The union expects to get a decision from the sector this coming Saturday, July 15. It said current wage agreements with the employers lapsed at the end of last month.
In 2014, Numsa went on strike after talks for “a living wage” and “improved working conditions” in the metal sector deadlocked. The union believes that its demands are reasonable and accused the employers for refusing to engage meaningfully with its demands for a living wage and improved working conditions.
Irvin Jim, Numsa’s general secretary, said: “We demand a 15percent wage increase across the board based on the actual rate that workers are earning, and not on the minimum rate. Secondly, we demand an extension of the current agreement for two years. In this period all outstanding issues must be finalised.”
He added that the union demanded that the extension of the agreement must include parties such as National Employers Association of South Africa and Plastic Converters Association of South Africa, who fall under the Metal and Engineering Industries Bargaining Council.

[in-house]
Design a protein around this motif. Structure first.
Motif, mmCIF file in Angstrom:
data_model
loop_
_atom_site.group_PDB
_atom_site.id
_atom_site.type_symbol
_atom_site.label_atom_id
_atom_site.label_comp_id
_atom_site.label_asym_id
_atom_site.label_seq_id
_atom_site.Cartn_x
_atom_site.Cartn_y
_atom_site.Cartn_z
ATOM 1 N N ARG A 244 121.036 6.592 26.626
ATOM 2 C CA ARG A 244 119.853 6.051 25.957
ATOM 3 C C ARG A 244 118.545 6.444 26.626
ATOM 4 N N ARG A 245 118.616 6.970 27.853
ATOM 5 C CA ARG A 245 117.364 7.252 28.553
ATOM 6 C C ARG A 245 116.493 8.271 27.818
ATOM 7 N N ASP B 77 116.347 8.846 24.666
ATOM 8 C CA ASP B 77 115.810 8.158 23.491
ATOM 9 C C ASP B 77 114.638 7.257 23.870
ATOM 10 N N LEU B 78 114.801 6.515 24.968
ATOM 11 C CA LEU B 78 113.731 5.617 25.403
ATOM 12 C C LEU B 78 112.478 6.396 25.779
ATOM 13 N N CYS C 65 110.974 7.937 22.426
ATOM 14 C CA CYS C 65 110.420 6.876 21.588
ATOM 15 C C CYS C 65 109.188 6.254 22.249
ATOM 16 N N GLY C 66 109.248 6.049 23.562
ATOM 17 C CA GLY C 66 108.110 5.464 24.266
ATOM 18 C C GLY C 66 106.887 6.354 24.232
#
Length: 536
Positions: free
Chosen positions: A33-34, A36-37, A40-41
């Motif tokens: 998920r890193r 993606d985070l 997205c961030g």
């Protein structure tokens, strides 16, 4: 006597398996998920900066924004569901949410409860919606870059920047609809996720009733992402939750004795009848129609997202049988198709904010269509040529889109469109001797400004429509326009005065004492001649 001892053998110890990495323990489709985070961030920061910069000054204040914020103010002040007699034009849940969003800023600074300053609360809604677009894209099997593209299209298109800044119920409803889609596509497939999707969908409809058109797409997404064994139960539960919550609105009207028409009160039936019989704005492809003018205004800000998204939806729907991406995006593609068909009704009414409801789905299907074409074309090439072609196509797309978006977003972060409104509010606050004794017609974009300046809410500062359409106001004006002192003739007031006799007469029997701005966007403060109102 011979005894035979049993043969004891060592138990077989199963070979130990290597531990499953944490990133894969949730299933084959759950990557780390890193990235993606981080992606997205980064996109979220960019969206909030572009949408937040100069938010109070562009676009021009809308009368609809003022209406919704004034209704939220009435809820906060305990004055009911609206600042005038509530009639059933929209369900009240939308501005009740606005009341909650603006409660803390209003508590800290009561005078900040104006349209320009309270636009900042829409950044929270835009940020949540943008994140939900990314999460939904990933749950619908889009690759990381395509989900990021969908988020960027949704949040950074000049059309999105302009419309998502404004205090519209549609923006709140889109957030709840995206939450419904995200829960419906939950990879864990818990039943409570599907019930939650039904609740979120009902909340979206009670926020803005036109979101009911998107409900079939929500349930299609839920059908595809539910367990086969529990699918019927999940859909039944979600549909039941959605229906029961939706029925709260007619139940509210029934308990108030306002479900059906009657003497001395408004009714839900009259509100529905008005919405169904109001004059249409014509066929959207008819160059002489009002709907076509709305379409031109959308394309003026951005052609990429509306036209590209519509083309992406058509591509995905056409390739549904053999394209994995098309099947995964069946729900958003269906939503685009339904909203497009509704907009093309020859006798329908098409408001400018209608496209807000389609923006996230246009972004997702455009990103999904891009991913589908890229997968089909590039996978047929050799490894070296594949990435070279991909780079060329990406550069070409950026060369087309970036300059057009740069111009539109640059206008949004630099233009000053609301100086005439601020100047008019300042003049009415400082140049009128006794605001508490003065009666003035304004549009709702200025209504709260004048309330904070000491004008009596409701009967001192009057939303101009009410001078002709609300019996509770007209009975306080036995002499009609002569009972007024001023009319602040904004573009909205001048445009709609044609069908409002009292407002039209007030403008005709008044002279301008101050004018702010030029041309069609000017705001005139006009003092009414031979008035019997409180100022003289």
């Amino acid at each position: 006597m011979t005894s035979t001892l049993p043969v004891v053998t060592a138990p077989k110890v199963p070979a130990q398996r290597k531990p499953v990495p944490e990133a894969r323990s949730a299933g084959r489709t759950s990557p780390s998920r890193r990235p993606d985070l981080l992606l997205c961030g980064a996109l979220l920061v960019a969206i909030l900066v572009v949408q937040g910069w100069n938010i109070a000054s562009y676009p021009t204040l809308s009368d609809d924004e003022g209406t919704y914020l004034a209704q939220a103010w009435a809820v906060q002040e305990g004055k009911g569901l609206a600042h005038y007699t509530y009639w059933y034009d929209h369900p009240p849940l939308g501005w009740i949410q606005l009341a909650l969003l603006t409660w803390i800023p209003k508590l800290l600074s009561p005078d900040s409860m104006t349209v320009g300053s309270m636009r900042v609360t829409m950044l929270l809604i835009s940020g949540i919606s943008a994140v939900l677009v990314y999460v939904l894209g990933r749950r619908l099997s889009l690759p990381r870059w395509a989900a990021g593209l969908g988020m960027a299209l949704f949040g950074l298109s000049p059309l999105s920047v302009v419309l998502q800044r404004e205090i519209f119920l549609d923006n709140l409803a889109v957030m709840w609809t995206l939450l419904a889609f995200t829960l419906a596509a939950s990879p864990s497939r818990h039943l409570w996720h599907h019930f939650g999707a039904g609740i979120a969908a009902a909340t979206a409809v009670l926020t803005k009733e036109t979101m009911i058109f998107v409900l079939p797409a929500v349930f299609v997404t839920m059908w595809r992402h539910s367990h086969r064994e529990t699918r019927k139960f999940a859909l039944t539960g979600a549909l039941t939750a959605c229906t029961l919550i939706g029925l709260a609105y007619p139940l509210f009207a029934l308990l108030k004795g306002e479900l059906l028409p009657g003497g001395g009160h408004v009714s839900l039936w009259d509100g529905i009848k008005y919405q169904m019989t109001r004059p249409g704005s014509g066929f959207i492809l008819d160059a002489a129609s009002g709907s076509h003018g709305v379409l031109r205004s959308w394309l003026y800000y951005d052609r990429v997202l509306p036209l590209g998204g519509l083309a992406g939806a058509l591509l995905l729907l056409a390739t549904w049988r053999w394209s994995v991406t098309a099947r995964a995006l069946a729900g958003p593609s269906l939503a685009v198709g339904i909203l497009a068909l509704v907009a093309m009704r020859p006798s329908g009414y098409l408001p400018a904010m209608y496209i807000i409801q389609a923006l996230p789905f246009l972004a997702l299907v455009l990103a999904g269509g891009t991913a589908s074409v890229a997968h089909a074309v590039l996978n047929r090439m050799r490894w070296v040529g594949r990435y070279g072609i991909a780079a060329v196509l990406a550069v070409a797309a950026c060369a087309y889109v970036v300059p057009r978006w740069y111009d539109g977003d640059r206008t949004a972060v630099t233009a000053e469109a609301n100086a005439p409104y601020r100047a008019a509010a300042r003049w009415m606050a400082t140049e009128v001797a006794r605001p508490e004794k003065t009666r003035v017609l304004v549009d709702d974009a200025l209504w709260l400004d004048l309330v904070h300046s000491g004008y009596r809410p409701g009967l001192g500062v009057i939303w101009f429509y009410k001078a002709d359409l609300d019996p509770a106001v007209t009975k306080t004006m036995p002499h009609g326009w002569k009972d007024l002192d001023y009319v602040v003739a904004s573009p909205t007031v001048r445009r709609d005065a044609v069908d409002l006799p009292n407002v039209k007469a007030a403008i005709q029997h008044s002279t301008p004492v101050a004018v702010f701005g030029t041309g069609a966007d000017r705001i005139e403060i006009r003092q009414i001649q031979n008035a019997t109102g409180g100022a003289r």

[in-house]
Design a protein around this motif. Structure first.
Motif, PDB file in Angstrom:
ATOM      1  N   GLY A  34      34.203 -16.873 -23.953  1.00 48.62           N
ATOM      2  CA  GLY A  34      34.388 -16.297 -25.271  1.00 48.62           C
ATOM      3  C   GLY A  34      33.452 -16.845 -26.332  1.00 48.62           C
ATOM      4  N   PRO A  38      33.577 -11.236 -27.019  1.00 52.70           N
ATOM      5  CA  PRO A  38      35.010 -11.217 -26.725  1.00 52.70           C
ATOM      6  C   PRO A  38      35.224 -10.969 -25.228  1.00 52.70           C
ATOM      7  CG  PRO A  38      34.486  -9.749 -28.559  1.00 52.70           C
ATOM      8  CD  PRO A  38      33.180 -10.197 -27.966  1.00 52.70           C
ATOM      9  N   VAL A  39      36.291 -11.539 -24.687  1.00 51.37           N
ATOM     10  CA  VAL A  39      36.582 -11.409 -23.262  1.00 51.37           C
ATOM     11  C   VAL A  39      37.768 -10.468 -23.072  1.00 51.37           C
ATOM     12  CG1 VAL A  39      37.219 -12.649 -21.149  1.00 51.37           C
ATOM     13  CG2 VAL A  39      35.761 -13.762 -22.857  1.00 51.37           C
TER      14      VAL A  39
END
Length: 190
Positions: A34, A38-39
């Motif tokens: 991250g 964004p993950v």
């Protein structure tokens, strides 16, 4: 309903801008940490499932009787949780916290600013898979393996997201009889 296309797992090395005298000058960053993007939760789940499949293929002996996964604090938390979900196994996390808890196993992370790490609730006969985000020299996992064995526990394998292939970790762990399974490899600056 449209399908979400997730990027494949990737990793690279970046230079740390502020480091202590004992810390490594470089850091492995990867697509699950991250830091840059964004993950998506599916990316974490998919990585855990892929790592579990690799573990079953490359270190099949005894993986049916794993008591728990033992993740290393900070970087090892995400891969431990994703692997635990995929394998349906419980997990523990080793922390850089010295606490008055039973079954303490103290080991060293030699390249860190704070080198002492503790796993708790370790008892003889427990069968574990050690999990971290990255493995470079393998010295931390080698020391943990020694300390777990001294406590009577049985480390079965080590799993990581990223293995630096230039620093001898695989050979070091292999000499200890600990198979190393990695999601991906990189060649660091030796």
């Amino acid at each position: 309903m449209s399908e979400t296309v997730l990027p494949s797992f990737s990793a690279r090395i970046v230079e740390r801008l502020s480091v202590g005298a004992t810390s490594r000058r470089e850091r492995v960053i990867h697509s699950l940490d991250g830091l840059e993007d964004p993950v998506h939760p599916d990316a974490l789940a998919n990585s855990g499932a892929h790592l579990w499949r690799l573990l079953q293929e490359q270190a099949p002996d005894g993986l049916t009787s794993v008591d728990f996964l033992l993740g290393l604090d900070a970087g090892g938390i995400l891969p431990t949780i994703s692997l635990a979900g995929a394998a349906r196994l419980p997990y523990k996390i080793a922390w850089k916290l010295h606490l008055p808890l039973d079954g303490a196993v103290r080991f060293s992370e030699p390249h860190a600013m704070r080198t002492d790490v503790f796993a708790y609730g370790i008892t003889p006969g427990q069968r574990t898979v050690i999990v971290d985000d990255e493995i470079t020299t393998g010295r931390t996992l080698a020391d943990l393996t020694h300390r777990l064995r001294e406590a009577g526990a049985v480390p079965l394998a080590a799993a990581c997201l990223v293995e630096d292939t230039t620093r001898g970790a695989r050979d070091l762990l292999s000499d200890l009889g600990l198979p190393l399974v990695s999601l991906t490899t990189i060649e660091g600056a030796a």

Numsa said it had a mandate from its 29000 workers in the sector to negotiate better wages and working conditions for its members and their families.
The talks also come at the backdrop of tough economic climate in the country as the economy is hardly growing with unemployment rate standing at a staggering 27.7percent.
In addition to the country’s woes, the International Monetary Fund predicted that South Africa’s economy was expected to grow by less than 1percent this year.
Numsa accused the employers of trying to implement a minimum rate of R20 per hour for new entrants to the sector while employers are offering an increased based on the minimum wage rate - a deal that the union is not happy with.